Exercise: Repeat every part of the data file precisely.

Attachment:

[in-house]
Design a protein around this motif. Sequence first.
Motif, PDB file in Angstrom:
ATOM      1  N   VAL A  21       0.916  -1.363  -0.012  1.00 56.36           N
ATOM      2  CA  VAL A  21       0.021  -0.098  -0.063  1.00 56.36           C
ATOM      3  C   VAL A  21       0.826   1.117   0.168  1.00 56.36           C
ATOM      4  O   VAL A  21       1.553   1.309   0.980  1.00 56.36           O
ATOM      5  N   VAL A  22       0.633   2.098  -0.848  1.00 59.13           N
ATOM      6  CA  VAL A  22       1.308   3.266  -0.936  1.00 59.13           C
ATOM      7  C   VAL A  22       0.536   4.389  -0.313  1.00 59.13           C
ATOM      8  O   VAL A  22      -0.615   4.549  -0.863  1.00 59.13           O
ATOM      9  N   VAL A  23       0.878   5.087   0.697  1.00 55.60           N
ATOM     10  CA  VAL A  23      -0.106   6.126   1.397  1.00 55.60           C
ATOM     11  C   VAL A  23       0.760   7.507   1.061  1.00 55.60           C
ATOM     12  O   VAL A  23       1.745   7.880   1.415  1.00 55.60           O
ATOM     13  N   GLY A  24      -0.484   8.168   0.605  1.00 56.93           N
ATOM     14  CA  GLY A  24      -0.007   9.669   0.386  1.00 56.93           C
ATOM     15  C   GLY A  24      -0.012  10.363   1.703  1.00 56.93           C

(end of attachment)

[in-house]
Design a protein around this motif. Sequence first.
Motif, PDB file in Angstrom:
ATOM      1  N   VAL A  21       0.916  -1.363  -0.012  1.00 56.36           N
ATOM      2  CA  VAL A  21       0.021  -0.098  -0.063  1.00 56.36           C
ATOM      3  C   VAL A  21       0.826   1.117   0.168  1.00 56.36           C
ATOM      4  O   VAL A  21       1.553   1.309   0.980  1.00 56.36           O
ATOM      5  N   VAL A  22       0.633   2.098  -0.848  1.00 59.13           N
ATOM      6  CA  VAL A  22       1.308   3.266  -0.936  1.00 59.13           C
ATOM      7  C   VAL A  22       0.536   4.389  -0.313  1.00 59.13           C
ATOM      8  O   VAL A  22      -0.615   4.549  -0.863  1.00 59.13           O
ATOM      9  N   VAL A  23       0.878   5.087   0.697  1.00 55.60           N
ATOM     10  CA  VAL A  23      -0.106   6.126   1.397  1.00 55.60           C
ATOM     11  C   VAL A  23       0.760   7.507   1.061  1.00 55.60           C
ATOM     12  O   VAL A  23       1.745   7.880   1.415  1.00 55.60           O
ATOM     13  N   GLY A  24      -0.484   8.168   0.605  1.00 56.93           N
ATOM     14  CA  GLY A  24      -0.007   9.669   0.386  1.00 56.93           C
ATOM     15  C   GLY A  24      -0.012  10.363   1.703  1.00 56.93           C